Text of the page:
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1597x0x Ilhan Koman and his inimitable sculptures

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  • Turkish Culture List
    Jan 20, 2009
      [See more on this subject by visiting the pages
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      x0x Ilhan Koman and his inimitable sculptures


      Ilhan Koman, a sculptor whose works, uniting
      passion with matter, science with nature, grace
      several cities of Europe, is being remembered in a
      May-June retrospective.

      " Unshaven shaver of stone, Ilhan Koman / Bearded
      to fly... / Wielder of bombs and babies / And
      un-sculpture-like sculptures, / Bizarre refugee /
      Who would have sailed from the South Pole to the
      North / In his battered old boat / To reach Edirne
      / To reach Selimiye..." Thus, poet Can Yücel's
      thumbnail sketch of his dear friend Ilhan Koman,
      made one day when they were on the old schooner
      'Hulda' on a canal near the summer palace of the
      king of Sweden. Hulda was home, a refuge from
      conditions of life in Turkey in the 1960s. And
      Koman was an indefatigable sculptor caught up in
      an endless cycle of exhaustion and renewal. Cheer
      reigned on the boat. It was moored near a small
      clearing, in front of a cave. In the cave, the
      sculptures and materials; in the clearing, the
      current projects, over which Koman slaved until he
      worked up a sweat.

      Hulda, where Ilhan Koman spent his life and
      designed most of his inimitable works, was home to
      the Komans and their four children and to the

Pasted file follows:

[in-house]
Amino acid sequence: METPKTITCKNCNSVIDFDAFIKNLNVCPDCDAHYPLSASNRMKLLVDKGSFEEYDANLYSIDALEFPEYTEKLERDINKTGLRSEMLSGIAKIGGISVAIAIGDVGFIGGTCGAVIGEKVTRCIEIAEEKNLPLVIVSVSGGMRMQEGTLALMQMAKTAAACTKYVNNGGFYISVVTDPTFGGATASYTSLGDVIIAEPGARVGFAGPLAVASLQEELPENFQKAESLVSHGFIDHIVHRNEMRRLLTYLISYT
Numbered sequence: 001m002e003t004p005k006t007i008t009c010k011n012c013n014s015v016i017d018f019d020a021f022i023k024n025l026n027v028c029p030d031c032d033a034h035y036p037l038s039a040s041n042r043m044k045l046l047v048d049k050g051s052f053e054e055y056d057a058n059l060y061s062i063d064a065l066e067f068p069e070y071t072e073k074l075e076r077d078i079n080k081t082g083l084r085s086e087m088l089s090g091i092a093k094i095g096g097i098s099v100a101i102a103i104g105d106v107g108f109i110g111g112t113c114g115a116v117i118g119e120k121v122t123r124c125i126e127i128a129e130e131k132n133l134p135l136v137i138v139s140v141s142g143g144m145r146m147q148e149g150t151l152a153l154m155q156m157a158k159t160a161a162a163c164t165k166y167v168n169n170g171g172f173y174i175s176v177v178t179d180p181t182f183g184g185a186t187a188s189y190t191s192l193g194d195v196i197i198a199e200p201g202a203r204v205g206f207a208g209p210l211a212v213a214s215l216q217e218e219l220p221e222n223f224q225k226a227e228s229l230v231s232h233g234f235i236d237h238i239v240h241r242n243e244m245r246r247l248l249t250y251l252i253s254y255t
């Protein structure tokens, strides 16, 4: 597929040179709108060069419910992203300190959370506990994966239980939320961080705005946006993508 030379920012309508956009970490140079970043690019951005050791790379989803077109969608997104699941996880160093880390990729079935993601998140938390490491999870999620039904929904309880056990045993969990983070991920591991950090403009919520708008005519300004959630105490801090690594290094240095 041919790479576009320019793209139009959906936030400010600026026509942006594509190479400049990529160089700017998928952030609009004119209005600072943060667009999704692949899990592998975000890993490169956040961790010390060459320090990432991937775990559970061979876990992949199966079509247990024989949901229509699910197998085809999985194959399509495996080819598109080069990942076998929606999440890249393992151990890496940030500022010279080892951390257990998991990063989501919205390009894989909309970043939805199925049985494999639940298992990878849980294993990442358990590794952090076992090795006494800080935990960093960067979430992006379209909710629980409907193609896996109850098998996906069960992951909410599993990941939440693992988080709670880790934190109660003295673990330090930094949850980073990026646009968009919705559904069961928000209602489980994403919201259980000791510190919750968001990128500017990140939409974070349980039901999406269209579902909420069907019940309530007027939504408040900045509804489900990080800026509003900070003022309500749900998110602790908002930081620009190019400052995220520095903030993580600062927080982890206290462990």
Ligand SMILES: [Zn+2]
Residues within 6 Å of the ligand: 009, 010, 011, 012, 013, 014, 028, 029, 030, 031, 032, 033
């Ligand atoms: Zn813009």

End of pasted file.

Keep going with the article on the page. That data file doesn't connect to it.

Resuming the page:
loyal friends that never deserted them.

      Every day tens of thousands of Istanbul residents
      stream past a woman, nestled among the buildings
      at Zincirlikuyu, her pure white arms flung open
      wide, her name, 'Mediterranean'. This statue,
      fashioned of vertical metallic plates, creating a
      luminous hologram, is one of two sculptures in
      Istanbul by Koman, whose works can be found on the
      streets of twenty cities, most notably Ankara and
      Stockholm. While the sculpture's white color
      conjures up images of cleanliness, purity and
      transparency, the real reason why this color was
      chosen is that the desired paint was unavailable
      in the years (1978-80) when the sculpture was
      made. In fact, Koman was going to paint his lady
      in shades of marine and sky blue.

      The iron sculpture on display in front of
      Istanbul's Divan Hotel is reminiscent of a patch
      of earth plucked from an entirely different
      geography. And the reliefs made for the east panel
      of the staircase that descends from Atatürk's
      Mausoleum (Anitkabir) in Ankara depict the Battle
      of Sakarya.

      ISTANBUL AND SHIPS Koman, whose life story begins
      at Edirne in 1921, saw many ships at Istanbul on a
      family trip to visit his grandfather, and ships'
      models were his first works, produced before he
      even entered primary school. As a youth he first
      dreamed of becoming a shipbuilding engineer. But
      there was art in the handicrafts lovingly created
      by his mother. And eventually it came, during a
      feverish illness: "My first connection with art
      came about purely by chance. I was seventeen and
      had contracted tuberculosis. I used to go to
      Istanbul for treatment. I wanted to make good use
      of this protracted period.I realized that I was
      good at painting, so I applied to the Academy.

      I showed them my paintings and was accepted. In
      other words, I entered as a painting student. We
      also had sculpting classes. Hadi Bara and Zühtü
      Müridoglu were the teachers in that department.
      'Your hands are quite suitable for this work,'
      they told me. 'It's sculpture you should take up,
      not painting.' And so began my life as a
      sculptor." Koman was sent to Paris on an
      internship in 1947 as the result of a competition.
      There he was impressed by the art of Mesopotamia
      and Egypt that he saw at the Louvre, and by Rodin,